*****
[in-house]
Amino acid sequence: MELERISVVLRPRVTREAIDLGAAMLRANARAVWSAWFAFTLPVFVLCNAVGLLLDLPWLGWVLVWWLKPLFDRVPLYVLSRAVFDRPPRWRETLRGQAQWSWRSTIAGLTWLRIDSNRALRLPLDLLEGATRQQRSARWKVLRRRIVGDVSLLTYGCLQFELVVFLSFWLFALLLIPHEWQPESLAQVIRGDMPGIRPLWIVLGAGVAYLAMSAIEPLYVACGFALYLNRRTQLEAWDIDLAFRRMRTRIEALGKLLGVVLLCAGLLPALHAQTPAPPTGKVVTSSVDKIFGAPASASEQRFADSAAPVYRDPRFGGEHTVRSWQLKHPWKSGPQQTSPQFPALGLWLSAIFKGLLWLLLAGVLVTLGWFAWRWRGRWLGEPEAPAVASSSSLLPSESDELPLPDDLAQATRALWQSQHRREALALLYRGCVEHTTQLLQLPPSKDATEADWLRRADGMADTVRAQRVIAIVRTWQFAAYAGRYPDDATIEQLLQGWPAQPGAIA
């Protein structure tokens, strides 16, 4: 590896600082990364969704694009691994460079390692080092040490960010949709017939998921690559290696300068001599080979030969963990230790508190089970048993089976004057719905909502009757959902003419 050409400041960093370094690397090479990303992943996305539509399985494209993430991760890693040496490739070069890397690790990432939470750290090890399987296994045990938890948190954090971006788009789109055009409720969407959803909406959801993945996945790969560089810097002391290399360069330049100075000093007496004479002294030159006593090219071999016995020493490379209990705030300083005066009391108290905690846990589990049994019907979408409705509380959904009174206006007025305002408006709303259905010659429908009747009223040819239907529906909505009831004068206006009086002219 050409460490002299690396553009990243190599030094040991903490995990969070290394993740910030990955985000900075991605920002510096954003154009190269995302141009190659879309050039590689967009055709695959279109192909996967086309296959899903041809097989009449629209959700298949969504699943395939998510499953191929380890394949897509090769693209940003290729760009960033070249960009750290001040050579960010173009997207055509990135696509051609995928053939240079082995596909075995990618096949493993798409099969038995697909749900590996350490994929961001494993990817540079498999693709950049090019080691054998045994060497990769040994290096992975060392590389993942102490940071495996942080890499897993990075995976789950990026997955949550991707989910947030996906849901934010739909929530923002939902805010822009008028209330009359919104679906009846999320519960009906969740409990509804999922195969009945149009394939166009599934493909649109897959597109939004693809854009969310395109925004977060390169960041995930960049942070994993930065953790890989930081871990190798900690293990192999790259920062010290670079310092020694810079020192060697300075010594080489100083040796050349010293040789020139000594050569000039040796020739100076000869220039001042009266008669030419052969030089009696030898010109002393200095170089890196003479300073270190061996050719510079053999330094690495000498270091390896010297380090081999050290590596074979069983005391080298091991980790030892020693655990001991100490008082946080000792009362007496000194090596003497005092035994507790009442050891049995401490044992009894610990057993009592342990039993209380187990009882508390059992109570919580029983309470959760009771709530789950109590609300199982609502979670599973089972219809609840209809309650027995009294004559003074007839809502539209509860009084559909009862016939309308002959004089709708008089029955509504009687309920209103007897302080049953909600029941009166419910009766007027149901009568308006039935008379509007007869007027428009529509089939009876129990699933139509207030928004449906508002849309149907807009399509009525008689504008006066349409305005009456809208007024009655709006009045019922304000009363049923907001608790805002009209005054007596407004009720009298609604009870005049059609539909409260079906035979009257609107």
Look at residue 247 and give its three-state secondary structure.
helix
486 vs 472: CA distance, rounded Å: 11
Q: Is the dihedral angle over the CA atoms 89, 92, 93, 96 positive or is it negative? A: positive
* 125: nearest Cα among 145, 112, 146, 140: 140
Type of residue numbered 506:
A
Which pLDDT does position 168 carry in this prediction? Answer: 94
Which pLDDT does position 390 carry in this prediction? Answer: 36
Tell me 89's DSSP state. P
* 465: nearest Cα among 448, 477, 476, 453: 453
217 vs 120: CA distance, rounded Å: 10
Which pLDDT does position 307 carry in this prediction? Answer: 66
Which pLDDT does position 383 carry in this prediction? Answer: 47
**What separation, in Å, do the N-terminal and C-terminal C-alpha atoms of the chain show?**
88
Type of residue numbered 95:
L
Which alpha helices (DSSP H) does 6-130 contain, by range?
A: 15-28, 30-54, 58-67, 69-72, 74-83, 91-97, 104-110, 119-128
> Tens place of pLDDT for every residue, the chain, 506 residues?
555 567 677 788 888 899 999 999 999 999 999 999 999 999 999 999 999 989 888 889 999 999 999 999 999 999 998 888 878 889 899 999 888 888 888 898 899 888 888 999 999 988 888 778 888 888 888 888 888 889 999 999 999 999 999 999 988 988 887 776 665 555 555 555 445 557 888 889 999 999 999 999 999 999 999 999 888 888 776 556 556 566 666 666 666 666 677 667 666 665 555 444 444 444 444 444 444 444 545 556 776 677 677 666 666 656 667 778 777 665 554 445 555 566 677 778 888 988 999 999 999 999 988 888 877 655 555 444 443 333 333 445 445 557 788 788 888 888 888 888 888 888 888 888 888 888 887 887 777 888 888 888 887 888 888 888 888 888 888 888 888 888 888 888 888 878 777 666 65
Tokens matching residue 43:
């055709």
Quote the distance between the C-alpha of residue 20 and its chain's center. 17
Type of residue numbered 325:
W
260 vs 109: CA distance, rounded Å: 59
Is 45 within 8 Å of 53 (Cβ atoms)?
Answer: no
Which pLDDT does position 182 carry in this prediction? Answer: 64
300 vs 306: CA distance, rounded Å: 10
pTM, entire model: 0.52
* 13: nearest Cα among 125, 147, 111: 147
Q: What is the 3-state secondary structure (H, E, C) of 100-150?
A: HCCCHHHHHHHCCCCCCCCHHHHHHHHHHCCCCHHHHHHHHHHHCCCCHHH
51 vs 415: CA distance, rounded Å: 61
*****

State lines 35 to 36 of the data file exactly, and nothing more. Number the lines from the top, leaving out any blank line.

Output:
300 vs 306: CA distance, rounded Å: 10
pTM, entire model: 0.52